A system employing one embodiment is discussed with respect to FIG. 1. The system comprises a Business Process Automation form server 110. In various further embodiments, the BPA form server can be either a distinct server or an engine or module located or installed on a computer already within the organization. The BPA form server 110 comprises a BPA advanced process engine 112, and an internal relationship resolver 120. In various further embodiments, the engine 112 and resolver 120 can be either a system or a module, and in further embodiments need not be distinct from one another. The resolver 120 is in data communication with an internal relationship database 122, either directly or through a network. The database 122 in various embodiments may be located either on the BPA form server 110 or elsewhere, such as on another server. As used in this application, internal refers to information managed by the system itself, while external refers to information managed by some other system.

Depending on the configuration of the system, an organization may choose to maintain an external database containing employee information and use that external database to maintain the mapping of relationships between users. This external employee database may be in addition to, or in place of, storing employee information in the internal relationship database 122, and multiple external databases may be used simultaneously The external database may take the form of an external employee database 132. In various embodiments of the invention, the external employee database 132 may be managed either on the same server as the BPA form server or elsewhere. 110. Alternately, the external database may take the form of an external Human Resources Management System 136, or an external lightweight directory access protocol (LDAP) server 140. The BPA form server may communicate with the external database through optional relationship plug-ins 130, 134, and 138, which can be either created in advance or created by the user in order to interface with the external database. Since the relationship plug-ins can be user created, the system can interface with any external system, such as a database, containing employee information.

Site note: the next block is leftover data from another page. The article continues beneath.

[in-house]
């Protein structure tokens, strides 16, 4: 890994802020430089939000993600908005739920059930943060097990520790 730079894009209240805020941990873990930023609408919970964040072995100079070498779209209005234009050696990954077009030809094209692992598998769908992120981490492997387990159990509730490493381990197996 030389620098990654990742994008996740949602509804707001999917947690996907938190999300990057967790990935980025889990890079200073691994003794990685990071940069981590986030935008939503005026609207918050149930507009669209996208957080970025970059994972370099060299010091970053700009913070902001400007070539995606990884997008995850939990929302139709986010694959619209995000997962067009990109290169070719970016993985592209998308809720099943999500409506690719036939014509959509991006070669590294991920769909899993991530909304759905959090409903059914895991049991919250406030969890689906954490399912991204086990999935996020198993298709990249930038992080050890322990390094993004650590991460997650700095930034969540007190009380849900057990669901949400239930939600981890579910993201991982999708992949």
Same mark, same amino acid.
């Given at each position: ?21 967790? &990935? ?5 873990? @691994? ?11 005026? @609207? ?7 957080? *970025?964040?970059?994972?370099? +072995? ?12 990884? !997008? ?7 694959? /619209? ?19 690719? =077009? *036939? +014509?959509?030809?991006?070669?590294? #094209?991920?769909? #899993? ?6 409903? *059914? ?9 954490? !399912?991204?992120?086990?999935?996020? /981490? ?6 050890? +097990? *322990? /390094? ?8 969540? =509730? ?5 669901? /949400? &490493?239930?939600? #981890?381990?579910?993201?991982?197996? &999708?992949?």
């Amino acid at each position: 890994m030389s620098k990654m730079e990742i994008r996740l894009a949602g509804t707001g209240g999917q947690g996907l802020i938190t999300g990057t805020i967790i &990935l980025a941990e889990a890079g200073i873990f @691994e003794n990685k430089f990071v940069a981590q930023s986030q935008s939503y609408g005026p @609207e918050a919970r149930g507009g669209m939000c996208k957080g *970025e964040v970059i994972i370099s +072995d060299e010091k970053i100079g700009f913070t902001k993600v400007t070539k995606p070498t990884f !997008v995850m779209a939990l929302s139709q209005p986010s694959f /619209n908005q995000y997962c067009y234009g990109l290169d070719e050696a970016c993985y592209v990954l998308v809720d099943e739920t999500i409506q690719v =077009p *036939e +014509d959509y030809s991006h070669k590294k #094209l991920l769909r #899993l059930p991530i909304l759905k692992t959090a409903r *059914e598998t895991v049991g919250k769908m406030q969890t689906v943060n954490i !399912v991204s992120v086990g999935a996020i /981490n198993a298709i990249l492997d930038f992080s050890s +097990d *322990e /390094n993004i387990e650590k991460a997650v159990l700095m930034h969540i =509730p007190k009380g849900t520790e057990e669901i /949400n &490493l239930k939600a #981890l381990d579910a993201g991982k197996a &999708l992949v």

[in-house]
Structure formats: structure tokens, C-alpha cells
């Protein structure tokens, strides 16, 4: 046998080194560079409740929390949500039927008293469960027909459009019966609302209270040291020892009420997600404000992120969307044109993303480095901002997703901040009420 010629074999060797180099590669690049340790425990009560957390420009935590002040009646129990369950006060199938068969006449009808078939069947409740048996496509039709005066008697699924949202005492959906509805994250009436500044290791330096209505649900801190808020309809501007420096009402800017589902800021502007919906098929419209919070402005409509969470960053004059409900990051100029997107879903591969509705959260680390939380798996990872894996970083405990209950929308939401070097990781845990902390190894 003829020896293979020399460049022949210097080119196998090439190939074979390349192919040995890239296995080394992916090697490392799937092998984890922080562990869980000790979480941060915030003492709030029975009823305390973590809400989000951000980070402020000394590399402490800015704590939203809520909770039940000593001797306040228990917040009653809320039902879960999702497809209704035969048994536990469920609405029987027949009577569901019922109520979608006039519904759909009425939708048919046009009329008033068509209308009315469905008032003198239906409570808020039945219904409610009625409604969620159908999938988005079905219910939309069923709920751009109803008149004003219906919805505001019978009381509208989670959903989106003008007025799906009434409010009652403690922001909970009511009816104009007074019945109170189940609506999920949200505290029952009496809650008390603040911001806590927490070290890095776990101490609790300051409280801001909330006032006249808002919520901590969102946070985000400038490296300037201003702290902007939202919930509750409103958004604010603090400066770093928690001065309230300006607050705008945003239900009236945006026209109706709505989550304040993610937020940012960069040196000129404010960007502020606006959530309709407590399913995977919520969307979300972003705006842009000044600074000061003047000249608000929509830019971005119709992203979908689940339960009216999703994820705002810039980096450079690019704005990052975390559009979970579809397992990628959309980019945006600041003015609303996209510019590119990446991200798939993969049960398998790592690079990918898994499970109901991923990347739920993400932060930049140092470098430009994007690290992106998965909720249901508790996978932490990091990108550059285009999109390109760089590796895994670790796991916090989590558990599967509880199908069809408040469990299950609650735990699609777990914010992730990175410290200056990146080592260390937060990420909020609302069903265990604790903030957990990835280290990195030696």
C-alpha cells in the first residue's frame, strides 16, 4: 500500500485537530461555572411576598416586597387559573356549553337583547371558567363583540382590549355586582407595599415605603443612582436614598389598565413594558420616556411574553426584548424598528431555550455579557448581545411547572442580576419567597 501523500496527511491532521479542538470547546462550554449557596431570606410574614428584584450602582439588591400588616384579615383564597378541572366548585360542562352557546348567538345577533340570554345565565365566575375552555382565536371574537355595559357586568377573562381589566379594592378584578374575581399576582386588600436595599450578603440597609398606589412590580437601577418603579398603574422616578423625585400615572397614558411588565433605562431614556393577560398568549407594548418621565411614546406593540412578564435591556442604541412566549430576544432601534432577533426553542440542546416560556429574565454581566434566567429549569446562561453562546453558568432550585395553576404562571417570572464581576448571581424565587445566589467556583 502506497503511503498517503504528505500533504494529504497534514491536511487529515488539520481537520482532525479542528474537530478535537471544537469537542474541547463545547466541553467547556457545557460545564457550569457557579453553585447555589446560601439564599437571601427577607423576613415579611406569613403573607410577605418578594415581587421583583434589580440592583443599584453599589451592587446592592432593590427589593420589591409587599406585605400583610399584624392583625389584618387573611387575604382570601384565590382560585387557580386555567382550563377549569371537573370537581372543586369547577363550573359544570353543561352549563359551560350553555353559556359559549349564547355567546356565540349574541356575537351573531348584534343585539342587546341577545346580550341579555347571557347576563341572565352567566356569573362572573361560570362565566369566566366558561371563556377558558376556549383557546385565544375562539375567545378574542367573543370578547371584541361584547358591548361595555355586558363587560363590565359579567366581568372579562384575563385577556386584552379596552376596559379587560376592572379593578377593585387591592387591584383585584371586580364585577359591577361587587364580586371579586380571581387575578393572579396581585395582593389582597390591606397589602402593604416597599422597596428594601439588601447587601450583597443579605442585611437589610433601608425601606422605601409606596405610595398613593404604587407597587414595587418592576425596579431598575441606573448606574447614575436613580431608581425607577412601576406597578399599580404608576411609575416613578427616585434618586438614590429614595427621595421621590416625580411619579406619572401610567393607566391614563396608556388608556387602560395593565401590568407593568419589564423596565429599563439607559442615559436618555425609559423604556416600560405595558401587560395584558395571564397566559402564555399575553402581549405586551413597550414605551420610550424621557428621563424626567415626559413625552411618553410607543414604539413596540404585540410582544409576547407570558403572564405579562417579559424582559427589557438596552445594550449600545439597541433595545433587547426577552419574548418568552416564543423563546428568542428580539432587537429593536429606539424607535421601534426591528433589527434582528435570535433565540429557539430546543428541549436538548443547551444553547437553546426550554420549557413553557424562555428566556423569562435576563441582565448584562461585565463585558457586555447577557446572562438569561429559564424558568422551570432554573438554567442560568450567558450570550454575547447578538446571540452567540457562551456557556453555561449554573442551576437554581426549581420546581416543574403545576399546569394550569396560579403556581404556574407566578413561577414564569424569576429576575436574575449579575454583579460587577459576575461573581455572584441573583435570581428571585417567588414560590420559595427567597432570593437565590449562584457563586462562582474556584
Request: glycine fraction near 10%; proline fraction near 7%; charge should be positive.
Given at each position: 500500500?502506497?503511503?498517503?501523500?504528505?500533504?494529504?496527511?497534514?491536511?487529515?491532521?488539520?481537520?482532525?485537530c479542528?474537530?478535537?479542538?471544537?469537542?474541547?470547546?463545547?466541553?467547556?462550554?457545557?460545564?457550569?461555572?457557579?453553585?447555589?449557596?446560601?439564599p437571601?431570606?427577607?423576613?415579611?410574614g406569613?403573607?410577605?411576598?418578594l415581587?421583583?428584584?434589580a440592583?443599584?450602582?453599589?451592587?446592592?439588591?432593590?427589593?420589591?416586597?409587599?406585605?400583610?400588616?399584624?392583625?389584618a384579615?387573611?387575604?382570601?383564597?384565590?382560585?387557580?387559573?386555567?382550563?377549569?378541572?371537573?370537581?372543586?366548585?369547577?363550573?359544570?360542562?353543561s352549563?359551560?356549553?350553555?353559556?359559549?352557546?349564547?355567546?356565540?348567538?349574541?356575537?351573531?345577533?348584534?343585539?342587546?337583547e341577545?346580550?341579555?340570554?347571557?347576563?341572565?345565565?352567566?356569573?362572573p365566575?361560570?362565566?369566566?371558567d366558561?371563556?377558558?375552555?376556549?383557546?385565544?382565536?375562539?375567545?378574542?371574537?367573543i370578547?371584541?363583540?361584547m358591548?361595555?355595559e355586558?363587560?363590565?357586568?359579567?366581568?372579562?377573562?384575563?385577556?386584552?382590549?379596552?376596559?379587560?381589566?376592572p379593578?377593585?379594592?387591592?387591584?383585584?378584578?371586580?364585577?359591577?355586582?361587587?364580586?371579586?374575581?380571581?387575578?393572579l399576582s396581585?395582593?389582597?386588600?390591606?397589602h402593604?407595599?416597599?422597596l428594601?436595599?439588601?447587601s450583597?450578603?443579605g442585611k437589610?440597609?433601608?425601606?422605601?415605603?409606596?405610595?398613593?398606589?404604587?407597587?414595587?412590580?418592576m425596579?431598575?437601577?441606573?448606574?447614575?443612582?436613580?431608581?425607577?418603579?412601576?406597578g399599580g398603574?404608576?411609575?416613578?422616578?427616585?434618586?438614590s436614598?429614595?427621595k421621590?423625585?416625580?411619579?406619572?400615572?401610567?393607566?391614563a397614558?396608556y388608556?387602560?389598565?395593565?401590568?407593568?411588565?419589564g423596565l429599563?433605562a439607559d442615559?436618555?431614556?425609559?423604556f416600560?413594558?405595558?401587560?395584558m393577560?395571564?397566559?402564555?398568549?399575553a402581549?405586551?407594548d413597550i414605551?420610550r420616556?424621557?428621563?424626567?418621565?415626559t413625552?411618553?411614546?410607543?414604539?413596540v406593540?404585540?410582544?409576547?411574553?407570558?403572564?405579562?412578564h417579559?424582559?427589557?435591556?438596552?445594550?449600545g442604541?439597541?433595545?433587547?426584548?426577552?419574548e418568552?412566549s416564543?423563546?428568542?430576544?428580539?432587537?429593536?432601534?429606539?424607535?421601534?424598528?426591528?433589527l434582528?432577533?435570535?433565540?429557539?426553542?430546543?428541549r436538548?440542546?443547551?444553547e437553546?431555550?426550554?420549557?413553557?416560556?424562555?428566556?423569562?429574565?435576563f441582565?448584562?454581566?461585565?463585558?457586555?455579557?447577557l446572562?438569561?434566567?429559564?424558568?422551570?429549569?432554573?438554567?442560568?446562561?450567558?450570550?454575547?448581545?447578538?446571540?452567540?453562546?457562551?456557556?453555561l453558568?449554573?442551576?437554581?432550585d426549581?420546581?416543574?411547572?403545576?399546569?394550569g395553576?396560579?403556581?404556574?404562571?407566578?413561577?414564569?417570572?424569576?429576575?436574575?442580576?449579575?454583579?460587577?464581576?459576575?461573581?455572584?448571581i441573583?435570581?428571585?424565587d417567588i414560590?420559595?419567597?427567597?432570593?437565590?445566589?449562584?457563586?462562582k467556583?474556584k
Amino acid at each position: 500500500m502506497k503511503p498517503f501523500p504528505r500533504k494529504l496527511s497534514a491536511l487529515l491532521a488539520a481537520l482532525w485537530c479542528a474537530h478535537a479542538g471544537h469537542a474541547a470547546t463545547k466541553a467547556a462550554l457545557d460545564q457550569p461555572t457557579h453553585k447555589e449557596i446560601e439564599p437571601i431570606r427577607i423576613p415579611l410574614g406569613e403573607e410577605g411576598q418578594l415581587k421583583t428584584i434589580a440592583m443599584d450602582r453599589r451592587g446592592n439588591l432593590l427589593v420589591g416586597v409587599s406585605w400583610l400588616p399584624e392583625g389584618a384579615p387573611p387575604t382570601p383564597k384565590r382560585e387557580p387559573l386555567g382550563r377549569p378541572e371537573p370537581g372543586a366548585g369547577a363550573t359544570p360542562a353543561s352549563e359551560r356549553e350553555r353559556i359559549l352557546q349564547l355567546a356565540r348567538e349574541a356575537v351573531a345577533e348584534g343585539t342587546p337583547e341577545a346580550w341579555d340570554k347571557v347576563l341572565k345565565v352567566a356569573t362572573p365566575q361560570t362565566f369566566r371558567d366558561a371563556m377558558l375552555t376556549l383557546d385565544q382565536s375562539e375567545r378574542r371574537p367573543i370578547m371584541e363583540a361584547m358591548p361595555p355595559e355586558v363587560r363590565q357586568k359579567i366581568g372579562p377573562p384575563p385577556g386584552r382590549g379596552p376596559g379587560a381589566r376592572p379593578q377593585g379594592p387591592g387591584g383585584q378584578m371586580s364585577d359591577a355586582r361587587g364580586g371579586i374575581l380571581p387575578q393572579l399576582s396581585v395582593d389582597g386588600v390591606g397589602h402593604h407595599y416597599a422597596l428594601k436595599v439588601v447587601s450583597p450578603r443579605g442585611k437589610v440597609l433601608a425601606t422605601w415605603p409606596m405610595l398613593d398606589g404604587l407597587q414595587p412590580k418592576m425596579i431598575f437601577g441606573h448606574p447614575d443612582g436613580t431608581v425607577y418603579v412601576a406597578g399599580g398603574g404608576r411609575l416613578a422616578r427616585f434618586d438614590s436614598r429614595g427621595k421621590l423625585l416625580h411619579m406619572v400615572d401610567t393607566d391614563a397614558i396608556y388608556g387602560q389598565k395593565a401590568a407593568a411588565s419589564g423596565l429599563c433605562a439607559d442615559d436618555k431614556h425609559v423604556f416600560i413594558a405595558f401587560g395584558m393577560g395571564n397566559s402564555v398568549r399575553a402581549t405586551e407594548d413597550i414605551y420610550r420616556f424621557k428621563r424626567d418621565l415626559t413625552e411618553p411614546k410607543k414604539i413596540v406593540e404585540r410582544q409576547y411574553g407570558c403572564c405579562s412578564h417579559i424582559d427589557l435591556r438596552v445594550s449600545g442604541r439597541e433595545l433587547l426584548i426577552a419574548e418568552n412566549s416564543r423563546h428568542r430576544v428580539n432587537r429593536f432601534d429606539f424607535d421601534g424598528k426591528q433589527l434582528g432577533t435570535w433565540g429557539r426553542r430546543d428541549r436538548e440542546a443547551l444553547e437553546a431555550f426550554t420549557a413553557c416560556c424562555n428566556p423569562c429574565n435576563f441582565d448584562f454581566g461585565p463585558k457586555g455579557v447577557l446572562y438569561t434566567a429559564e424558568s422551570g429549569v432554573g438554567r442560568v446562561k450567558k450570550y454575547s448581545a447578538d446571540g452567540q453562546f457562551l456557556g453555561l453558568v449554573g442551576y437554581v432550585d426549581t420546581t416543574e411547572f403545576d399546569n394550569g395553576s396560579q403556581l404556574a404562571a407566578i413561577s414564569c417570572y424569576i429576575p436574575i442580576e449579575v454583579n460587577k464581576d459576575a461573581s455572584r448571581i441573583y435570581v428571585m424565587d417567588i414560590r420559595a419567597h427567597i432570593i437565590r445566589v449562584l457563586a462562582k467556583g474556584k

The user interfaces with the BPA form server 110 by means of a network computer 152 or 154, which is in communication with the BPA form server through a network 150. The network can be the Internet, or any other suitable network, such as an organization's internal network. Use of the Internet as the network 150 advantageously permits the user to access the BPA Form Server from virtually anywhere and at anytime.

When these connections between users are defined in terms of relationships, rather than in terms of the actual names of the users or groups of users involved, management of these relationships makes possible automation and maintenance of routing and workflow processes even as the structure of the organization changes. Business processes, such as interactive routing processes and structured workflow processes, can be set up such that the recipients are determined based on user relationships, enabling automated, dynamic routing. A relationship can be used as a virtual destination for a task in a business process. Assignment of tasks can also be made interactively by the user in a business process.

For example, a manager can set up a routing process whose recipients are those users who are under the supervision of that manager. To do this, the manager uses the relationship between the users and their manager as a virtual destination for the routing process. As structure of the organization changes and users leave the supervision of that manager and new users take their place, the routing event itself needs no modification so long as the user relationship information is maintained. This is particularly advantageous when large amounts of users are involved in a routing process, or when large amounts of routing processes need to be maintained, because modification of the user relationships is simpler than such large scale modification of the routing processes.

Another exemplary business process is described with respect to FIG. 9C, making reference to FIGS. 9A and 9B, and the information contained in the tables therein. The flow diagram in FIG. 9C depicts a business process 940 in which an employee makes a request for a vacation. This process 940 begins at a stage 942, wherein the employee fills out a request for vacation. The process 940 then moves to a stage 944, wherein the form is sent to the employee's manager for review. Finally, after approval by the manager, the process 940 moves to a stage 946, wherein a copy of the form is sent to the manager's assistant. This business process can be advantageously created at a global level, in terms of user relationships. For two employees with different managers, however, the vacation request form will be routed to different users within the organization.